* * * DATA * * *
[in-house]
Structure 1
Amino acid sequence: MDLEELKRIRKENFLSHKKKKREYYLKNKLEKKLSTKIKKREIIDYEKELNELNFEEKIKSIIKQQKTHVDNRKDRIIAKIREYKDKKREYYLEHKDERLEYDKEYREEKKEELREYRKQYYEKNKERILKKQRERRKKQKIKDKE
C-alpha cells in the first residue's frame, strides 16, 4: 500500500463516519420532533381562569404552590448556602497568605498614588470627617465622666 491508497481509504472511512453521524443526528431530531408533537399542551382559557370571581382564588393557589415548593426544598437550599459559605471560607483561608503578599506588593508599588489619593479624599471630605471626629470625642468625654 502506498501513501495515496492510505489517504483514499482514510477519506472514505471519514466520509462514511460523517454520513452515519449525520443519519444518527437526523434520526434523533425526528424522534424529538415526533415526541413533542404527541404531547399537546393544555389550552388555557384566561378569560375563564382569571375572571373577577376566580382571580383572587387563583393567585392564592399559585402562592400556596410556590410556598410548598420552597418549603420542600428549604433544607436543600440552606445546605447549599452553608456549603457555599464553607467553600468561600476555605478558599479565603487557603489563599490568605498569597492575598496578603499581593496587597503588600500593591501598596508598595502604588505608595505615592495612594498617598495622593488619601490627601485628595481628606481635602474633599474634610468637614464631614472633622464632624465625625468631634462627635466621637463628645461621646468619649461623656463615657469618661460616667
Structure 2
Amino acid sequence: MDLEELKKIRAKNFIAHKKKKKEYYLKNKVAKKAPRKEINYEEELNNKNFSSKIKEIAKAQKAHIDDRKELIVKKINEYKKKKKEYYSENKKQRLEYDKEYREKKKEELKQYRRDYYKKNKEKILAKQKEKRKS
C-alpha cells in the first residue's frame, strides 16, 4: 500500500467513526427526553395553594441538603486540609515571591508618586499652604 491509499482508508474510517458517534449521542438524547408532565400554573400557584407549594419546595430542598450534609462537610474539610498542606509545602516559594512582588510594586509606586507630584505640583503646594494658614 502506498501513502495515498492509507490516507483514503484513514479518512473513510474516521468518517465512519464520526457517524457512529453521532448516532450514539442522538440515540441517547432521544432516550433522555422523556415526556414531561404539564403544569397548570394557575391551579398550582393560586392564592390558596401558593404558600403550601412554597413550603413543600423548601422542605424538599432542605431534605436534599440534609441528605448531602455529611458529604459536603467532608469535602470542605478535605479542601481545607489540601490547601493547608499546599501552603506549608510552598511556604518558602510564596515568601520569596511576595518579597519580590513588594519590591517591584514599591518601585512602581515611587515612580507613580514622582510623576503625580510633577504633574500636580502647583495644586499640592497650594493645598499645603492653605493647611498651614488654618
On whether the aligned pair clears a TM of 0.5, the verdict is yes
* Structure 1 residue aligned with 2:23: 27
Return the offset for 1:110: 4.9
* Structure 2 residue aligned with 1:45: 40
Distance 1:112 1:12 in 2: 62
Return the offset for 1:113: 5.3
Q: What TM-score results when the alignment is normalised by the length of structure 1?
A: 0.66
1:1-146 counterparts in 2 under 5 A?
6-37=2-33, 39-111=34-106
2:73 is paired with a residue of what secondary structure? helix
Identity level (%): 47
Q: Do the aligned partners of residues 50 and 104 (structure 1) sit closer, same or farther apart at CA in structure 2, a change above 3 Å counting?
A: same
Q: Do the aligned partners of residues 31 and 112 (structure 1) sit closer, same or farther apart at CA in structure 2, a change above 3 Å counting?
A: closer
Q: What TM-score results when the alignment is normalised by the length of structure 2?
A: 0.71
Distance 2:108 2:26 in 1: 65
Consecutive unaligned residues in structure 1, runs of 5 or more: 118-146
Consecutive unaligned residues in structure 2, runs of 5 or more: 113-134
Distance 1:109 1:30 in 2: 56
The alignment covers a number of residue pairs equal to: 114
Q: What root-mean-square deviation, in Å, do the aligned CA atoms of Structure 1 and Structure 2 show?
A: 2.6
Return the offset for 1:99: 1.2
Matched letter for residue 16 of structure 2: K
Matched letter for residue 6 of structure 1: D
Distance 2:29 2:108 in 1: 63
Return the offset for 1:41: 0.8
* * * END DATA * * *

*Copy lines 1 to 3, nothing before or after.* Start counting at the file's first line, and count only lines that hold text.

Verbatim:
[in-house]
Structure 1
Amino acid sequence: MDLEELKRIRKENFLSHKKKKREYYLKNKLEKKLSTKIKKREIIDYEKELNELNFEEKIKSIIKQQKTHVDNRKDRIIAKIREYKDKKREYYLEHKDERLEYDKEYREEKKEELREYRKQYYEKNKERILKKQRERRKKQKIKDKE